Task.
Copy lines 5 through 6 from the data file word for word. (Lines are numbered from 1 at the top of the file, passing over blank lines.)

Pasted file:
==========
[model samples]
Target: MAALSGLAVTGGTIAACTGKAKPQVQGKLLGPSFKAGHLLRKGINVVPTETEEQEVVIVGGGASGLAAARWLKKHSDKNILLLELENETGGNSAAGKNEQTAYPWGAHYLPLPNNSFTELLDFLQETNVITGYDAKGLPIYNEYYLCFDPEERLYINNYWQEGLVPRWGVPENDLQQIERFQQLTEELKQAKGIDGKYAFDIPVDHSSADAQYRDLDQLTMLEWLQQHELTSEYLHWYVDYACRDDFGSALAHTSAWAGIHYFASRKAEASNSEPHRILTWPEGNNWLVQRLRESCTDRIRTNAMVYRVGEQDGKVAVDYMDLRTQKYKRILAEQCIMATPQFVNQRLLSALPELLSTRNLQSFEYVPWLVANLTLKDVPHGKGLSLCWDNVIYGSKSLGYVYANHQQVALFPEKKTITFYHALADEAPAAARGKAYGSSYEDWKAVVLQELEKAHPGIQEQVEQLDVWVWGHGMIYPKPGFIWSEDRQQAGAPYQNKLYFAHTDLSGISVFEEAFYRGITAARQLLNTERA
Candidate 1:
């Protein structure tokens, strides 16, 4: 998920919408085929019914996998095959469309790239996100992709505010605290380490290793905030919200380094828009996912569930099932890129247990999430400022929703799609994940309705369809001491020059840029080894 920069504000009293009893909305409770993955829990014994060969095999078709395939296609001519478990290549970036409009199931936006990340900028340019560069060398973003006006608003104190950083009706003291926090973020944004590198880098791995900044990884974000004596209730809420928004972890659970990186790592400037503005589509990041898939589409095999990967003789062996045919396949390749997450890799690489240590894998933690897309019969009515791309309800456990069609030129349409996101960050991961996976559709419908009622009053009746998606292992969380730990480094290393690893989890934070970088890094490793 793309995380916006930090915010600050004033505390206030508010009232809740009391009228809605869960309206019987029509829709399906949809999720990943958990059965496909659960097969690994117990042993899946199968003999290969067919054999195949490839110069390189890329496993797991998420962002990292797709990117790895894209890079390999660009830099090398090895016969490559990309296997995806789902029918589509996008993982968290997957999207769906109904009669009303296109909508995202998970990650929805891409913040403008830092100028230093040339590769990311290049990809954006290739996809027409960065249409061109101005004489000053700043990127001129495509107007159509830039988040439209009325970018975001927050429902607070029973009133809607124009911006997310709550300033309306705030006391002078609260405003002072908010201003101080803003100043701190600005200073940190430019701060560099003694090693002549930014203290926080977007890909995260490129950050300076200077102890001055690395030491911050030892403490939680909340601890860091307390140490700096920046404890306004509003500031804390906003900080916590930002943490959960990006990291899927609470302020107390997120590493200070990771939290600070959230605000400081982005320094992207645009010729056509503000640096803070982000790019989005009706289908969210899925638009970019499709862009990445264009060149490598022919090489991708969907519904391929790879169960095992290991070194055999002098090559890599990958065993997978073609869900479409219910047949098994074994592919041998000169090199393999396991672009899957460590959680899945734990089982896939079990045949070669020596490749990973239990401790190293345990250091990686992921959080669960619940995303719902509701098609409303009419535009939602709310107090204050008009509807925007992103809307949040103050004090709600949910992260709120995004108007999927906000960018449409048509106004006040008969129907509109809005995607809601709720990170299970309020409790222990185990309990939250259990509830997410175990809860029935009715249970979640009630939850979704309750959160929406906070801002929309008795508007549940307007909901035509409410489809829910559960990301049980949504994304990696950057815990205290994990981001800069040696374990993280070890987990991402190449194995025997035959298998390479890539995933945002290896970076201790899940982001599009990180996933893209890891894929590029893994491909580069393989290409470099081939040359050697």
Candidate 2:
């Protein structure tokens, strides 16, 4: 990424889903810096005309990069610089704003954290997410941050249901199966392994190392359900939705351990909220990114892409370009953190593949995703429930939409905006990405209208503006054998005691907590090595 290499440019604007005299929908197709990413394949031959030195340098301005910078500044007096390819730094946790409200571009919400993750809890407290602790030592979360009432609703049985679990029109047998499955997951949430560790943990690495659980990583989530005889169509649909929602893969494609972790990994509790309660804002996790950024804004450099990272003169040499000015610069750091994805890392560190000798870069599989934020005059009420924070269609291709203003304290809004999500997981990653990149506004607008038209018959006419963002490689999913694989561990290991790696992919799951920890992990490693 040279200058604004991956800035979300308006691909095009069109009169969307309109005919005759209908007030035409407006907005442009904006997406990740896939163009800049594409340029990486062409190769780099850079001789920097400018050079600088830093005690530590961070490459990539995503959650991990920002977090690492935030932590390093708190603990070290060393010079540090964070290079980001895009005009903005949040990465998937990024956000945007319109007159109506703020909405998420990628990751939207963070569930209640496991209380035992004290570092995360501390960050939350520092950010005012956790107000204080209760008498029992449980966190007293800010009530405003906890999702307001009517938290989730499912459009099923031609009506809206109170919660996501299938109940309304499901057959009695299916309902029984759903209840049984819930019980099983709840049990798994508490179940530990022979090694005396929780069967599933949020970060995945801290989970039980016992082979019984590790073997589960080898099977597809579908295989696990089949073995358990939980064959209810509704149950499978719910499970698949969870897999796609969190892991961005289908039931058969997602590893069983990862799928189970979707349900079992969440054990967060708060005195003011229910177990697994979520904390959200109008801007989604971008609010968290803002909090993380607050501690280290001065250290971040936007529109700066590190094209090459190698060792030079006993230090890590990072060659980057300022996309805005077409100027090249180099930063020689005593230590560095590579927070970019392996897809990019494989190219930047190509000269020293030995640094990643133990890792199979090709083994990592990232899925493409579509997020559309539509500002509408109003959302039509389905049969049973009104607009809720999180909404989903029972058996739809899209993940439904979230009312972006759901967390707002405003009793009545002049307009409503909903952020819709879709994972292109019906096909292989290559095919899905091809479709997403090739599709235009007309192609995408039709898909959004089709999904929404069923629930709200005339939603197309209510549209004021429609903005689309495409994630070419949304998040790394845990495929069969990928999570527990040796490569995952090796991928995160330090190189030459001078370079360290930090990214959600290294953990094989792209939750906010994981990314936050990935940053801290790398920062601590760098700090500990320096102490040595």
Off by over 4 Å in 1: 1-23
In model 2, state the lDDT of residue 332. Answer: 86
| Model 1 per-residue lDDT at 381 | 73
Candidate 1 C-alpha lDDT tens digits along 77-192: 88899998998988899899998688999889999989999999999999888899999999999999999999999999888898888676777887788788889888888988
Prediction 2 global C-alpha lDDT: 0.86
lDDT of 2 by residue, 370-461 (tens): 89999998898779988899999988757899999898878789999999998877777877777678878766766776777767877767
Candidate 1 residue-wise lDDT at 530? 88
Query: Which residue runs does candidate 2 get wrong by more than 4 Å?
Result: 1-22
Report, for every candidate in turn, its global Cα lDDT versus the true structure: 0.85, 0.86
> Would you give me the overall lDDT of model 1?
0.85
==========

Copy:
Candidate 2:
């Protein structure tokens, strides 16, 4: 990424889903810096005309990069610089704003954290997410941050249901199966392994190392359900939705351990909220990114892409370009953190593949995703429930939409905006990405209208503006054998005691907590090595 290499440019604007005299929908197709990413394949031959030195340098301005910078500044007096390819730094946790409200571009919400993750809890407290602790030592979360009432609703049985679990029109047998499955997951949430560790943990690495659980990583989530005889169509649909929602893969494609972790990994509790309660804002996790950024804004450099990272003169040499000015610069750091994805890392560190000798870069599989934020005059009420924070269609291709203003304290809004999500997981990653990149506004607008038209018959006419963002490689999913694989561990290991790696992919799951920890992990490693 040279200058604004991956800035979300308006691909095009069109009169969307309109005919005759209908007030035409407006907005442009904006997406990740896939163009800049594409340029990486062409190769780099850079001789920097400018050079600088830093005690530590961070490459990539995503959650991990920002977090690492935030932590390093708190603990070290060393010079540090964070290079980001895009005009903005949040990465998937990024956000945007319109007159109506703020909405998420990628990751939207963070569930209640496991209380035992004290570092995360501390960050939350520092950010005012956790107000204080209760008498029992449980966190007293800010009530405003906890999702307001009517938290989730499912459009099923031609009506809206109170919660996501299938109940309304499901057959009695299916309902029984759903209840049984819930019980099983709840049990798994508490179940530990022979090694005396929780069967599933949020970060995945801290989970039980016992082979019984590790073997589960080898099977597809579908295989696990089949073995358990939980064959209810509704149950499978719910499970698949969870897999796609969190892991961005289908039931058969997602590893069983990862799928189970979707349900079992969440054990967060708060005195003011229910177990697994979520904390959200109008801007989604971008609010968290803002909090993380607050501690280290001065250290971040936007529109700066590190094209090459190698060792030079006993230090890590990072060659980057300022996309805005077409100027090249180099930063020689005593230590560095590579927070970019392996897809990019494989190219930047190509000269020293030995640094990643133990890792199979090709083994990592990232899925493409579509997020559309539509500002509408109003959302039509389905049969049973009104607009809720999180909404989903029972058996739809899209993940439904979230009312972006759901967390707002405003009793009545002049307009409503909903952020819709879709994972292109019906096909292989290559095919899905091809479709997403090739599709235009007309192609995408039709898909959004089709999904929404069923629930709200005339939603197309209510549209004021429609903005689309495409994630070419949304998040790394845990495929069969990928999570527990040796490569995952090796991928995160330090190189030459001078370079360290930090990214959600290294953990094989792209939750906010994981990314936050990935940053801290790398920062601590760098700090500990320096102490040595």